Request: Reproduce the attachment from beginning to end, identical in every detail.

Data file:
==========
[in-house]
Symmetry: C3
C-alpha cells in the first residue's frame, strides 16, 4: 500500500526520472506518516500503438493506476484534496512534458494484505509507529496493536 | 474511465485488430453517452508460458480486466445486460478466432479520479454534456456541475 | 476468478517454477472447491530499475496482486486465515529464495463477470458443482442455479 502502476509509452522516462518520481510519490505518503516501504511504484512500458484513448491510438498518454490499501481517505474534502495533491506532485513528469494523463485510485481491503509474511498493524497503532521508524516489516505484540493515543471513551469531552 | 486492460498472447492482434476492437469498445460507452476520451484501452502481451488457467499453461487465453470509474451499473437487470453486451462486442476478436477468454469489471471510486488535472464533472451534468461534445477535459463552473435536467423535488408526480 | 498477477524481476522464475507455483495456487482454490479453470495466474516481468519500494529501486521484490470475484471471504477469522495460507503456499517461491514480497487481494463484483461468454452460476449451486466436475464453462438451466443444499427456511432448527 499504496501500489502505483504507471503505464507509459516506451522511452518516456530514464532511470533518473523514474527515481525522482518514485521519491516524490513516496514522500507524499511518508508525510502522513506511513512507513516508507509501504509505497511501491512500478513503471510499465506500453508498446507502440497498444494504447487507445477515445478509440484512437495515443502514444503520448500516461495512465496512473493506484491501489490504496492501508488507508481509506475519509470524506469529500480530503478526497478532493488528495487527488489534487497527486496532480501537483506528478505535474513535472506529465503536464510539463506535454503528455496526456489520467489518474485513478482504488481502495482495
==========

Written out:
[in-house]
Symmetry: C3
C-alpha cells in the first residue's frame, strides 16, 4: 500500500526520472506518516500503438493506476484534496512534458494484505509507529496493536 | 474511465485488430453517452508460458480486466445486460478466432479520479454534456456541475 | 476468478517454477472447491530499475496482486486465515529464495463477470458443482442455479 502502476509509452522516462518520481510519490505518503516501504511504484512500458484513448491510438498518454490499501481517505474534502495533491506532485513528469494523463485510485481491503509474511498493524497503532521508524516489516505484540493515543471513551469531552 | 486492460498472447492482434476492437469498445460507452476520451484501452502481451488457467499453461487465453470509474451499473437487470453486451462486442476478436477468454469489471471510486488535472464533472451534468461534445477535459463552473435536467423535488408526480 | 498477477524481476522464475507455483495456487482454490479453470495466474516481468519500494529501486521484490470475484471471504477469522495460507503456499517461491514480497487481494463484483461468454452460476449451486466436475464453462438451466443444499427456511432448527 499504496501500489502505483504507471503505464507509459516506451522511452518516456530514464532511470533518473523514474527515481525522482518514485521519491516524490513516496514522500507524499511518508508525510502522513506511513512507513516508507509501504509505497511501491512500478513503471510499465506500453508498446507502440497498444494504447487507445477515445478509440484512437495515443502514444503520448500516461495512465496512473493506484491501489490504496492501508488507508481509506475519509470524506469529500480530503478526497478532493488528495487527488489534487497527486496532480501537483506528478505535474513535472506529465503536464510539463506535454503528455496526456489520467489518474485513478482504488481502495482495